Speaking up about racism
IT WOULD be all too easy perhaps to dismiss Imran Khan’s comments about racism in Ireland as hyperbole from the race relations industry. But complacent and wrong.
“I found it difficult to believe that a seemingly modern, reformed country such as Ireland was still apparently living in the Dark Ages when it comes to issues of race, the leading British human rights lawyer told a Dublin conference on institutional racism on Tuesday. Mr Khan came to prominence for his indefatigable work over many years representing the family of the murdered black youth Stephen Lawrence.
He deserves to be taken seriously. But, surely, tolerant Ireland, unlike some of our European partners, is a place without explicitly racist political parties? Where the language of public life eschews overt racism, and where politicians like Fine Gael’s Darren Scully are forced to pay a heavy price for breaking the implied consensus? Is discrimination really a problem?
The truth is that the daily experience of our immigrant and native ethnic-minority neighbours belies such comforting assumptions. A survey of TDs recently found that three in five encountered racism on the canvass in the general election last year. A third acknowledged that speaking up for immigrant rights would damage them electorally. A 2010 survey of teachers found half had reported a racist incident at school within the previous month.
Racism remains commonplace, in the workplace and community. It can range from overt discrimination to abuse, spitting, pushing and beating people up. Sometimes worse. Last week, a Dublin man was convicted for the brutal killing of Lukasz Rzeszutko, murdered casually as he walked to work. Officially recorded racist crime, though low, was up 28 per cent between 2000 and 2009.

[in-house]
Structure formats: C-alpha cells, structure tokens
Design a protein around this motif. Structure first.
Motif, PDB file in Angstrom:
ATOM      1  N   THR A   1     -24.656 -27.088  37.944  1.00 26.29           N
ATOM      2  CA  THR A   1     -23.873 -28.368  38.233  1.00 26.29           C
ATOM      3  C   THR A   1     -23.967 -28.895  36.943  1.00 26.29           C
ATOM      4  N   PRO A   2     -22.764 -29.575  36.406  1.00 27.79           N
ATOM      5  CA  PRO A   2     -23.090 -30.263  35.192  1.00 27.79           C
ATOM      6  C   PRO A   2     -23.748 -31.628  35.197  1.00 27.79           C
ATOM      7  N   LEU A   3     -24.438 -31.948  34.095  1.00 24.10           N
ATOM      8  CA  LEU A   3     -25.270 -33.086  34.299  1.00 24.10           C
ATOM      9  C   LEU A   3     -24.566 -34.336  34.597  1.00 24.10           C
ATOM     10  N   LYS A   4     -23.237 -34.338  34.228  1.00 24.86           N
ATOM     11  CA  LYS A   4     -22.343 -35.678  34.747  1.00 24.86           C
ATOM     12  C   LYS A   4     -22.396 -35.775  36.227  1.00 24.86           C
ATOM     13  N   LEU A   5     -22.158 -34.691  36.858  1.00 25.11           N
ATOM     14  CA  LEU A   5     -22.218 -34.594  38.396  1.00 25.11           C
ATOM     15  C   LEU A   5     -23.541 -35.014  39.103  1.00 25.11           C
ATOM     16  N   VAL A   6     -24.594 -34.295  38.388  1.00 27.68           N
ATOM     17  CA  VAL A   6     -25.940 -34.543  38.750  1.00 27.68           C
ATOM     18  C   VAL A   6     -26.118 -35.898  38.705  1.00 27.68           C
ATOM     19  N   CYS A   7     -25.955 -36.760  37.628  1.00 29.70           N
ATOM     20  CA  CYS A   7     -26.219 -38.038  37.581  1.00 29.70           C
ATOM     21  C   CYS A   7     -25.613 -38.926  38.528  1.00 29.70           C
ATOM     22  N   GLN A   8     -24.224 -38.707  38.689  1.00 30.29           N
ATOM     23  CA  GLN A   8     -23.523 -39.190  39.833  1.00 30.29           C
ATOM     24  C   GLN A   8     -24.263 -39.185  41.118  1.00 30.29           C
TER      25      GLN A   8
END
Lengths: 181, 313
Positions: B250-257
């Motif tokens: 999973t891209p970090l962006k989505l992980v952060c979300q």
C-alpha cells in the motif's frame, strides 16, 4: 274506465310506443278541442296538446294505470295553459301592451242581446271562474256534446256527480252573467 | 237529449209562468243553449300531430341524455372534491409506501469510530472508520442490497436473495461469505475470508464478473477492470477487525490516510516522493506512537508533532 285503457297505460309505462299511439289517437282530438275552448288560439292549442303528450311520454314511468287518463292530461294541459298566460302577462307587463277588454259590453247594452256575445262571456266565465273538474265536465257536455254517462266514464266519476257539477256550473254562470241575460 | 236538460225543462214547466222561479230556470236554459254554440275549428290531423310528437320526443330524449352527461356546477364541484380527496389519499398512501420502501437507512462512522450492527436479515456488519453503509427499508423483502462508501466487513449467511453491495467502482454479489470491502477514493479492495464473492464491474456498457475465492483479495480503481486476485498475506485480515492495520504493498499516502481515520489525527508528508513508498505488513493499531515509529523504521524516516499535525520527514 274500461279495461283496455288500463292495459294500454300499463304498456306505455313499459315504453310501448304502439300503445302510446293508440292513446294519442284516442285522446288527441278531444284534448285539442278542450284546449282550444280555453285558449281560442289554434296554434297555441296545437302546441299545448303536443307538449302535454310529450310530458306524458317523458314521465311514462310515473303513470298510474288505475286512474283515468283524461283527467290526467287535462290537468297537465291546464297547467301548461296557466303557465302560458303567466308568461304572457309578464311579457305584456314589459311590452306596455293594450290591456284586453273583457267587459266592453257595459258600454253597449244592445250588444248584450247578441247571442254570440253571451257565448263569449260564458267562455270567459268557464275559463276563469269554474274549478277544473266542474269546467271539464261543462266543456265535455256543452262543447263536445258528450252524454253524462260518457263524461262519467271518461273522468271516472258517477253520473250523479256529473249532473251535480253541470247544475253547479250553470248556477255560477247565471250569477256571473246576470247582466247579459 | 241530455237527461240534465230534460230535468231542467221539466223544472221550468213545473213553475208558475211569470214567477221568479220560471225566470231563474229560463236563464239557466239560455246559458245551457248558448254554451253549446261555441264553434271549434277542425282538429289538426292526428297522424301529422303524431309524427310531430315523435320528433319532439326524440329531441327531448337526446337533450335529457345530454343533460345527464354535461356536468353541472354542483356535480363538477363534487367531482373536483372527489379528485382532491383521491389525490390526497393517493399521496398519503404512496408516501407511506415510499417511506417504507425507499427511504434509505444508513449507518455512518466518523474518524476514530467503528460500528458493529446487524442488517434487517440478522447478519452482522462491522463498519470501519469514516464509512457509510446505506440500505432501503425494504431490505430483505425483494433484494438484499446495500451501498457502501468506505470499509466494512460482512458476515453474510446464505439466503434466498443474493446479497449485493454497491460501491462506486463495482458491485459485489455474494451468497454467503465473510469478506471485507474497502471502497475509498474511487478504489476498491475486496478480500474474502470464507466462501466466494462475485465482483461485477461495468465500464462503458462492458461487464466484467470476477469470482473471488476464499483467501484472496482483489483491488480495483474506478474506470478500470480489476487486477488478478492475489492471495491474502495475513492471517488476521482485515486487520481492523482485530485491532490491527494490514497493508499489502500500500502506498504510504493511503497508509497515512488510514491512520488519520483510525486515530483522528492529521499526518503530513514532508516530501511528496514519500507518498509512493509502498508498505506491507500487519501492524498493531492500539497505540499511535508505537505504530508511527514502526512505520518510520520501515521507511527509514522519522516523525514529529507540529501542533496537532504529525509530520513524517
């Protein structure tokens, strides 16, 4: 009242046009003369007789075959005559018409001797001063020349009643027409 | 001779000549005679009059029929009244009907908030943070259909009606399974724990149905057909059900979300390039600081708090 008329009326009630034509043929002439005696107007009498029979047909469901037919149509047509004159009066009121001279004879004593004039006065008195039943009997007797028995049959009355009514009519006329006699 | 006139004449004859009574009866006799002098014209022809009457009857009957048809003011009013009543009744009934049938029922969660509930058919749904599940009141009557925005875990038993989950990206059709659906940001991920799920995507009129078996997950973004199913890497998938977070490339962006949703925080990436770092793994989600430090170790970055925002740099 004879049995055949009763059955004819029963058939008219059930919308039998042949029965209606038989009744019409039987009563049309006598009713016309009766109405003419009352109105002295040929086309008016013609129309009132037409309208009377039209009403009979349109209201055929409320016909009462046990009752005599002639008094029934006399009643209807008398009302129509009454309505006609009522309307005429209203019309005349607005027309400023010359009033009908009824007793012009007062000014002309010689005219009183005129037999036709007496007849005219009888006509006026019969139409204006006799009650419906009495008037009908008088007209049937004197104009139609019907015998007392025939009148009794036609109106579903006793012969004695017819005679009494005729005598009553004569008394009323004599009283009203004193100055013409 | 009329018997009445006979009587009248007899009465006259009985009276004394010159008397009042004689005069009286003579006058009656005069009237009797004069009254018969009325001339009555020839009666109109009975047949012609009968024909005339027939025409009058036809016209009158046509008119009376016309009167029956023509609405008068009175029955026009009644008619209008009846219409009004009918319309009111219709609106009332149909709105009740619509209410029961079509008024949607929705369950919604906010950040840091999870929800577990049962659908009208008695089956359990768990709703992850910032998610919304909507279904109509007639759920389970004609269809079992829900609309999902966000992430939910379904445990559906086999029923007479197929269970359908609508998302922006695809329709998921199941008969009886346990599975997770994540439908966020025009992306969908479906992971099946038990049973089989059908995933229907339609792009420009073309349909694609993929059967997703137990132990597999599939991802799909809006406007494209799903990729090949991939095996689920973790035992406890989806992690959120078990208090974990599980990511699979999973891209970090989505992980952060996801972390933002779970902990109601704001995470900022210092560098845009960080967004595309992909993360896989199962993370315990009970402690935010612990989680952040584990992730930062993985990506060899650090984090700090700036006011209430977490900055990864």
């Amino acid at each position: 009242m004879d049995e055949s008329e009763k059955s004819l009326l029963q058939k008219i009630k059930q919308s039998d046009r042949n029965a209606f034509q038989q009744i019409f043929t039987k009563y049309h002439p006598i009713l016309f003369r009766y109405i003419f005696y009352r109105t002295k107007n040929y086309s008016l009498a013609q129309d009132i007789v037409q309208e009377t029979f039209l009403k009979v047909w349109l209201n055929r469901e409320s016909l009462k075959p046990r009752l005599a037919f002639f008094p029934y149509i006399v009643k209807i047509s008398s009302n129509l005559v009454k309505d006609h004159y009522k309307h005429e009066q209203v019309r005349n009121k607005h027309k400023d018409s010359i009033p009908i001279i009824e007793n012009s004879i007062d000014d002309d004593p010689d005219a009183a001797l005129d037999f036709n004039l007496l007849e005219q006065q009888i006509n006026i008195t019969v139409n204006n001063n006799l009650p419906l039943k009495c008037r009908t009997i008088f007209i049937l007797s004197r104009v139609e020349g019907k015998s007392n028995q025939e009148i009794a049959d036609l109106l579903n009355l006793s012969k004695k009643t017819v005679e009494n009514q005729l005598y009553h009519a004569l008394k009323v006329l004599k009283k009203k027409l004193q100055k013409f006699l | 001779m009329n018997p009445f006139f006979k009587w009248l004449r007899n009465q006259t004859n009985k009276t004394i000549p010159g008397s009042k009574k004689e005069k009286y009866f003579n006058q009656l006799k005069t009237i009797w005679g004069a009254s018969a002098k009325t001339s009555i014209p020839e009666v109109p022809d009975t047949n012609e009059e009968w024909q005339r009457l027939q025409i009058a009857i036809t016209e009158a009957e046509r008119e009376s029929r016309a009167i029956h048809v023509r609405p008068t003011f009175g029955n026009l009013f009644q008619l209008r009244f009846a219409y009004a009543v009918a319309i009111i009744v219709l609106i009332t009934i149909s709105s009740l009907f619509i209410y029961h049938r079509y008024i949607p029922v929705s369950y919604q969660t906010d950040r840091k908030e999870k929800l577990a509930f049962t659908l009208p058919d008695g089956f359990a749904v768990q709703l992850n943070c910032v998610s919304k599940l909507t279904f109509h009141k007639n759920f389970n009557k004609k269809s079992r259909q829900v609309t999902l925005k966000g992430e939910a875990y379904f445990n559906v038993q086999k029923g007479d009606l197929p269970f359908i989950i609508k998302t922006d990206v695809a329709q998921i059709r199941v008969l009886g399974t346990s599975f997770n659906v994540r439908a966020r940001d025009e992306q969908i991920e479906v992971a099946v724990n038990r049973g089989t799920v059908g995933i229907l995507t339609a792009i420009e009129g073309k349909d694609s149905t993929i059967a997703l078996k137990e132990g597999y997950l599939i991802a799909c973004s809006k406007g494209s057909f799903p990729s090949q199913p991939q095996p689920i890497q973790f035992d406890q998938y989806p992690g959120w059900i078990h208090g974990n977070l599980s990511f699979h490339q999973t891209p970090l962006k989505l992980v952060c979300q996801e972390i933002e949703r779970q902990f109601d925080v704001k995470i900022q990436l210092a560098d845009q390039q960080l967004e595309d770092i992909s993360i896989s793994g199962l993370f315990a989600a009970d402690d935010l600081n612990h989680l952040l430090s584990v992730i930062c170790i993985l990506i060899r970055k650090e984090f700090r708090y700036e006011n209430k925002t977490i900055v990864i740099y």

Perceptions that migrants are unfairly benefiting from Irish jobs, entitlements and public services are all too prevalent. And such prejudices provide political cover for the maintenance of institutional practices by the State and its agents that we would not tolerate for most citizens. Direct provision demeans asylum seekers. Immigration procedures, as Sr Stanislaus Kennedy of the Immigrant Council of Ireland argues, remain chaotic, bureaucratic, cumbersome and lacking in transparency”. And unfair. Intrusive bureaucracy, in the welfare, immigration, justice, and education systems, constantly questions entitlements.
Mr Khan rightly also criticised the Government for refusing to grant ethnic minority status to the Traveller community. “No wonder, where the State does not accept that proposition, that this community is the target of widespread negative stereotyping and discrimination,” he said. And he attacked the State’s failure to require that racist motivation be considered an aggravating factor in criminal sentencing.
In his blunt criticism Mr Khan echoes the plaintive voices of many campaigning voices for reform and tolerance. Voices that deserve to be heard.